“It felt more like a defeat. I could understand the crowd's reaction, but I was surprised it was that bad. It was a very difficult situation because they (the players) were all injured and there was nothing I could do. It's truly not what we wanted.”—Carsten Arriens, German Davis Cup captain, following the cancellation of a dead rubber in Germany’s first-round win over Spain.

You don’t have to be part of the industry to figure out the First Commandment of Show Business: Give the people what they came to see. Barring unforseen disaster, you don’t give them something different from what they thought they were paying for. You don’t expect them to “understand” when it unexpectedly becomes more convenient for you to withhold something you promised. (It’s tempting, of course—after all, they already paid for the ticket.)

Germany broke that rule last Sunday, and the result was that a noteworthy triumph worth celebrating from Hamburg to Munich became, to use Arriens’ word, something with the taint of “defeat.” It was unfair to the fans. It even was unfair to the players who engineered the win over Spain, but who were also short-sighted enough to think they could ignore that First Commandment.

It happened like this: Powered by Philipp Kohlschreiber’s shockingly easy first-rubber win over Roberto Bautista Agut, who won fewer games than his name has letters, Germany overran traditional Davis Cup powerhouse Spain and clinched the tie in a three-match sweep.

The Germans were so intoxicated by the result that most of them declined to play one of the two dead rubbers that constituted the entire Sunday program. The good soldier was a likeable guy whose game has been on an upswing lately, Daniel Brands. Meanwhile, Kohlschreiber, Florian Mayer, and even smell-the-roses veteran Tommy Haas (who played only doubles) all begged off playing on the final day.

It’s bad enough that a sweep always makes the last day of play redundant. It’s definitely a flaw in the format, but altering it, perhaps to something resembling the Fed Cup’s two-day scheme, is a cure worse than the ailment. The bottom line is that the three-day Davis Cup format, with the doubles-only Saturday wedged between four singles battles, is terrific. It also creates surprising flexibility in tie strategy and management.

The fault here lies squarely on the shoulders of the players. These men make a lot of money. They have to be accountable. They would be the first to howl if they were at the other side of the ticket window. They know the First Commandment as well as anyone does.

When Arriens informed the crowd that the first of the two dead rubbers (theoretically, Kohlschreiber vs. Feliciano Lopez) was canceled and that Brands would battle Agut in the only match of the day, he was showered with boos. The lingering resentment spoiled the day, and cast a pall over an otherwise great win.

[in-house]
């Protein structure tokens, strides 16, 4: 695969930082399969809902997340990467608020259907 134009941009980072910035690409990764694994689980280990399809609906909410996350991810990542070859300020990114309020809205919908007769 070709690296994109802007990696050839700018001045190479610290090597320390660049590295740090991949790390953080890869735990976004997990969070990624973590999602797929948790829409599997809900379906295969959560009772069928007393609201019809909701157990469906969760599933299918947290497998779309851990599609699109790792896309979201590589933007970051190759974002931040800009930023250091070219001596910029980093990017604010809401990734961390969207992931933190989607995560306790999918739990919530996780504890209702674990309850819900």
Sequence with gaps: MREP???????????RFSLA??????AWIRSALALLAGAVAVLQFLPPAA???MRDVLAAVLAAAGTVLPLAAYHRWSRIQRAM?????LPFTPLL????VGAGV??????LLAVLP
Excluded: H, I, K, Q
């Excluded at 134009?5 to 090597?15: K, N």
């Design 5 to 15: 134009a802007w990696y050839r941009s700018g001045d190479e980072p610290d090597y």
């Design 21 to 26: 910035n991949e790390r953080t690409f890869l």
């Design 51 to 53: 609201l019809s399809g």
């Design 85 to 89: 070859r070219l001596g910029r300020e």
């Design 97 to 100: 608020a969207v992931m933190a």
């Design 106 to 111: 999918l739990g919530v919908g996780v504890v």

Arriens later told the press that Kohlschreiber, who had played singles as well as the doubles, was very tired and had a sore arm. (In fairness, I imagine that Lopez also bucked the idea of having to play.) He added that Haas’ fitness had been questionable all week—yet he played and helped win the doubles. He said nothing about Mayer, who had beaten Lopez in a long five-setter in the second rubber but had Saturday off.

Sorry, but it’s impossible to believe that the three Germans were unable to play, and easy to accept that they just didn’t want to.

The ITF must do something about this recurring situation. The United States also didn’t play a final, dead rubber after its loss to Great Britain in San Diego, nor did Argentina and Italy once their tie was settled. But those were different. Those ties were still undecided on the final day, and a competitive best-of-five set match with survival on the line is usually worth the price of admission.

Interestingly, the two other teams that swept over the weekend (France and Switzerland) both played both their dead rubbers. The French even used one of their stars, Gael Monfils. That was a home tie for the French, and an opportunity for Monfils and Julien Benneteau to strut their stuff for the fans. And why not?

Team Germany’s actions were disappointing. Surely there are ways to solve the “sweep problem,” the most obvious of which would be to flat-out offer a refund or trade-in on tickets. But there are other ways. Put on something, anything. Fly Rafael Nadal in to demonstrate feats of strength, or bring in Roger Federer to give a PowerPoint presentation on his new racquet. Roll out the top juniors and have them play doubles with a couple of the stars.

Better yet, convince the players on the winning team that playing a three-quarter pace, best-of-three set match under absolutely no pressure just isn’t that big an ask.